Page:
The G7 promotes close cooperation among the leading industrialized countries. It is more than a club of leading economic powers – the G7 states additionally share interests and values. The G7 will remain an important format for shaping globalization in the future.
The end of the Second World War marked the beginning of a new phase of globalization, one manifestation of which was the rapid expansion of trade and financial flows. This was a central foundation of the German economic miracle in the 1950s and 1960s. At the same time, increasing globalization also meant that a country’s prosperity could no longer be governed at the national level alone. The collapse of the Bretton Woods system of fixed exchange rates was a painful reminder of this. That arrangement had formed one of the central pillars of global financial stability and growing international trade for almost three decades. In the same year, the first oil shock led to a global economic slump.
The Origins of Global Governance
To tackle these challenges, the heads of state and government of the six leading industrial nations – France, Germany, Italy, Japan, the United Kingdom, the United States – met for the first world economic summit in 1975 on the initiative of Helmut Schmidt and Valéry Giscard d’Estaing. Canada joined in 1976 to form the Group of 7 (G7). Since then, a summit has been held at least once every year under a rotating presidency.
Coordination in the G7 contributed to successful crisis resolution in the 1970s. In the following years, it played a central role in developing the global financial architecture and effectively coordinating the national economic policies of its members. Examples include the Louvre Agreement of 1987 to reduce global imbalances, and the establishment of the Financial Stability Forum in 1999 (since 2009 Financial Stability Board), to promote uniform financial market regulation.
In 1998, Russia joined the G7 to create the G8. Russia’s membership was suspended in 2014 after its illegal annexation of Crimea.
The Functioning and Organization of the G7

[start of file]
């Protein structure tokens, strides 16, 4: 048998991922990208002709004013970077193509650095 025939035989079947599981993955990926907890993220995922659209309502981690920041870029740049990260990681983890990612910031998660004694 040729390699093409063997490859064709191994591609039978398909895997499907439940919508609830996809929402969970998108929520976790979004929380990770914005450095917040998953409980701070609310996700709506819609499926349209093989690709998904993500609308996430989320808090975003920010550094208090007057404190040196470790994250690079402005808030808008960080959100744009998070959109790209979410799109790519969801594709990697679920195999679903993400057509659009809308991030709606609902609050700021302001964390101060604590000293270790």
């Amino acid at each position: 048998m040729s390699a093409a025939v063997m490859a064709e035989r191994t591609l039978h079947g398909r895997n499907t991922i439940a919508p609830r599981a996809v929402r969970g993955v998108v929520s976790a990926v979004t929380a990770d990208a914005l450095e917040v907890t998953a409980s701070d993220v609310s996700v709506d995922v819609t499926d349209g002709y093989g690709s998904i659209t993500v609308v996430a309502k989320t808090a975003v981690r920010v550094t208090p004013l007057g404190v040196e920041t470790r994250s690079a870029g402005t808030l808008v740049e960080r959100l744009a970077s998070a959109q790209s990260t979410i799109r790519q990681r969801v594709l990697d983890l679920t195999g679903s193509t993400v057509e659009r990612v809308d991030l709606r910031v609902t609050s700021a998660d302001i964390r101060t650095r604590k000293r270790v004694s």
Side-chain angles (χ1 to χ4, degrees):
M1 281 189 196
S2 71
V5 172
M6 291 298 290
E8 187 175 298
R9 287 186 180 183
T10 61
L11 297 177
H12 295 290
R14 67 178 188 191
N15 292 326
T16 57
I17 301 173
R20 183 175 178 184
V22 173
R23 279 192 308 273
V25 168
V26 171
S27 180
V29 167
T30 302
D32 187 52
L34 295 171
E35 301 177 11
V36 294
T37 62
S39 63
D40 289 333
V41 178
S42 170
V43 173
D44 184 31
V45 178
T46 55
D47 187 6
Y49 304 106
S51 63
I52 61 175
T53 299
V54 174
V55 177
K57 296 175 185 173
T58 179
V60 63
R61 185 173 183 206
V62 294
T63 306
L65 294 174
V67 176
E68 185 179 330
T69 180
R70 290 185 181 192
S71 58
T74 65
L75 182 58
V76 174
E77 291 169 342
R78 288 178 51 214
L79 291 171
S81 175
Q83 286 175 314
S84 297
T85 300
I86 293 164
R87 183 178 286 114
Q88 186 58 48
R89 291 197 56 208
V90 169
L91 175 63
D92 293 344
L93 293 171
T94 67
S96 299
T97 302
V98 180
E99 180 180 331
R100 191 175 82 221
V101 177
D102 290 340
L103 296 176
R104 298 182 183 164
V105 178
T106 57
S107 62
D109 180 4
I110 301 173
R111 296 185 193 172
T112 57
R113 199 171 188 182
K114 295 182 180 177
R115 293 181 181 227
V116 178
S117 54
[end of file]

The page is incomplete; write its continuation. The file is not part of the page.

The G7 is an informal forum to coordinate national policies and joint action. Because the G7 is not an international organization with an administrative apparatus of its own, the agenda is, in large parts, determined by the respective presidency. In addition to the yearly G7 summit, ministerial meetings occur several times per year. The German G7 presidency in 2015 held meetings of the foreign, finance, energy, science and health ministers. This demonstrates the sheer breadth of issues coordinated within the G7.
Today, the G7 addresses practically all important global questions. At their 2015 summit in Elmau, Germany, the G7 adopted decisions not only on financial and economic issues, but additionally on questions of foreign and security policy, development, health, climate protection and marine conservation.
The G7 is currently chaired by Canada. France will pick up the baton in 2018. The G7 summit will take place in Charlevoix, Quebec, from June 8-9, 2018.
The Future of the G7
The rise of the emerging economies and developing countries since the 1990s has significantly shifted the centre of gravity of the global economy leading to the founding of the G20. This forum includes the most important emerging economies and other industrialized countries, in addition to the G7 states. However, the G7 retains decisive qualities that continue to make it an important forum of global governance.
While the relative global weight of the G7 economies has declined, they still represent a solid half of global GDP and one-third of world exports (goods and services). Accordingly, the G7 remains influential in setting the political framework for the global economy.
Moreover, the G7 is a community of shared values, standing for democracy, rule of law, respect for human rights, and the free market. Close cooperation between like-minded states is essential if they are to continue to represent shared interests and values effectively in global governance contexts.
G7 Dialogue with Civil Society
Under the German presidency in 2007, the G8 initiated an outreach process to promote exchange between the G8 and civil society. In this framework, the German government met with representatives of academia, business, trade unions, NGOs and youth organizations from the G8 states. Since then, the dialogue with civil society has been a firm fixture in the G8/G7 process, conducted each year by the respective G8/G7 presidency.
In order to coordinate the positioning of business in this outreach process, the G8 Business Summit (B8) was created in 2007 on the initiative of BDI. Since Russia’s exclusion from the G8 in 2014, the business outreach likewise functions as the B7.
Image: Kiyoshi Ota, EPA